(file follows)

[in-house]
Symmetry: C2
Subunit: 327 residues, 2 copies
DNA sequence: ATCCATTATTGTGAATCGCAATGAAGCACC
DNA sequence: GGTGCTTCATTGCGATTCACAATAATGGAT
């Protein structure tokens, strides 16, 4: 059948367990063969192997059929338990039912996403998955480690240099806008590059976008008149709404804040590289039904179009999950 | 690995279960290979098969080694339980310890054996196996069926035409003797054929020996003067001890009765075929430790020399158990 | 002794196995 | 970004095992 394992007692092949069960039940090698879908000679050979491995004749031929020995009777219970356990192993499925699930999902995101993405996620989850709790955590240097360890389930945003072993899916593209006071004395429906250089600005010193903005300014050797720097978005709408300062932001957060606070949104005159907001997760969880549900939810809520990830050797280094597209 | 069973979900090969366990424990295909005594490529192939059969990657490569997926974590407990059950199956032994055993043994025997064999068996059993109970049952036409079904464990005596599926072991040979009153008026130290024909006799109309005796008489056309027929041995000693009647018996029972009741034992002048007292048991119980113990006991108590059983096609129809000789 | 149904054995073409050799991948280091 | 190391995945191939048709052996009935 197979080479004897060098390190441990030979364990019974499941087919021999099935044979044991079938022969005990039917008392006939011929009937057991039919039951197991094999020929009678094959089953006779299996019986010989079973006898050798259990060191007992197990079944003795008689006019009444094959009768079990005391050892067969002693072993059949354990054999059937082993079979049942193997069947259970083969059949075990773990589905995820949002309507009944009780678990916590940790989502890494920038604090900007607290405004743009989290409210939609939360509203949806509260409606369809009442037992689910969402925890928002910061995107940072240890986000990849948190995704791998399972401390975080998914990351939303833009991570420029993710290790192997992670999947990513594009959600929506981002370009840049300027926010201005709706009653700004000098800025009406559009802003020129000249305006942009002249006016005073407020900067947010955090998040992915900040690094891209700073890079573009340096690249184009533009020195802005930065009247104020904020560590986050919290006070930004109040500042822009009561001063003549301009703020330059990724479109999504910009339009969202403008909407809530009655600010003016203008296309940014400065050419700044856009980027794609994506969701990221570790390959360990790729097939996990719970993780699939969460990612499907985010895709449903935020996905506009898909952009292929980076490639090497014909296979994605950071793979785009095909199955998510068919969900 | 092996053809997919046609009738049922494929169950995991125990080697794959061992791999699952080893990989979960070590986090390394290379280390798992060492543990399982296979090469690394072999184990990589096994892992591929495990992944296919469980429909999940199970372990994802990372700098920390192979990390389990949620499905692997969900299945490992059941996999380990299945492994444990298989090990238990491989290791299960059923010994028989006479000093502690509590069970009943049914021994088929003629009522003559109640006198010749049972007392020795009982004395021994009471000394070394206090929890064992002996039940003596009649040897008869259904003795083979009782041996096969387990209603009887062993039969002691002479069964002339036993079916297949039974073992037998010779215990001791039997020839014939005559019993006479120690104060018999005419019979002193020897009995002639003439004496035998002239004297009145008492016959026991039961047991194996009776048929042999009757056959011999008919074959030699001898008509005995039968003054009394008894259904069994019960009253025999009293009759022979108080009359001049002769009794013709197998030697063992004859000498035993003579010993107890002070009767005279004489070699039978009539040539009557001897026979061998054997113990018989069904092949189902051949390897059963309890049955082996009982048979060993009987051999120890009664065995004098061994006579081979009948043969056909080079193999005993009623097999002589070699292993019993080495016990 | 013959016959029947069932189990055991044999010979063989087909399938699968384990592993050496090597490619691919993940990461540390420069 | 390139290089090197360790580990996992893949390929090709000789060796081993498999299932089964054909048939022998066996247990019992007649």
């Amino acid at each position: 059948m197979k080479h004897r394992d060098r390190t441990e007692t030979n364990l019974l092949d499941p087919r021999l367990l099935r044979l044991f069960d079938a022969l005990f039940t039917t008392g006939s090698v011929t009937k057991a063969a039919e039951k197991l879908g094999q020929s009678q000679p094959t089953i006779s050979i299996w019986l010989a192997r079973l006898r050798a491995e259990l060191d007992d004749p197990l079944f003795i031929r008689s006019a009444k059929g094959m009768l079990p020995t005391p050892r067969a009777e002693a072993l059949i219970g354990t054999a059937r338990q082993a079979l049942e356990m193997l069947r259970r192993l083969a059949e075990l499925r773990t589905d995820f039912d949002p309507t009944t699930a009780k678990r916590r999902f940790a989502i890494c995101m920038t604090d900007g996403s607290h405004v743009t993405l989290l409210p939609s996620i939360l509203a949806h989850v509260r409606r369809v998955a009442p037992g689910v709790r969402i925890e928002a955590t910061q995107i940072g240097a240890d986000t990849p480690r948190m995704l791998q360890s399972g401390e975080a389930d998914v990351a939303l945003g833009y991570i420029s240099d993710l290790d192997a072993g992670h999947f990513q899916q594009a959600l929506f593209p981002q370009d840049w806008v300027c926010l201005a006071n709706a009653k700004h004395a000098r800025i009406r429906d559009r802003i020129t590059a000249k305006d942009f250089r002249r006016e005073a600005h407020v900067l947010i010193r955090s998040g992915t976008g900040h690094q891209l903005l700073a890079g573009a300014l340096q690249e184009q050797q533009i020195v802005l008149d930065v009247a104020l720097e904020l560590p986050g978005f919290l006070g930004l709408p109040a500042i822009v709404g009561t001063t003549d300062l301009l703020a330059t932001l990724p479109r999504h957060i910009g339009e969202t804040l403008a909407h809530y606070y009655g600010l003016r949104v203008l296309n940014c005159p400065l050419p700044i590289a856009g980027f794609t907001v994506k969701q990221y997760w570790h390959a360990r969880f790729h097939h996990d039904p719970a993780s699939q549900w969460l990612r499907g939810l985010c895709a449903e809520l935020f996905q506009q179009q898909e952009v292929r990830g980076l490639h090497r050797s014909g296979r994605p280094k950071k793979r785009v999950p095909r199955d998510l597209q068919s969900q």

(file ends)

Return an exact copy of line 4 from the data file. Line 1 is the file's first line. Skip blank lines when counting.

DNA sequence: ATCCATTATTGTGAATCGCAATGAAGCACC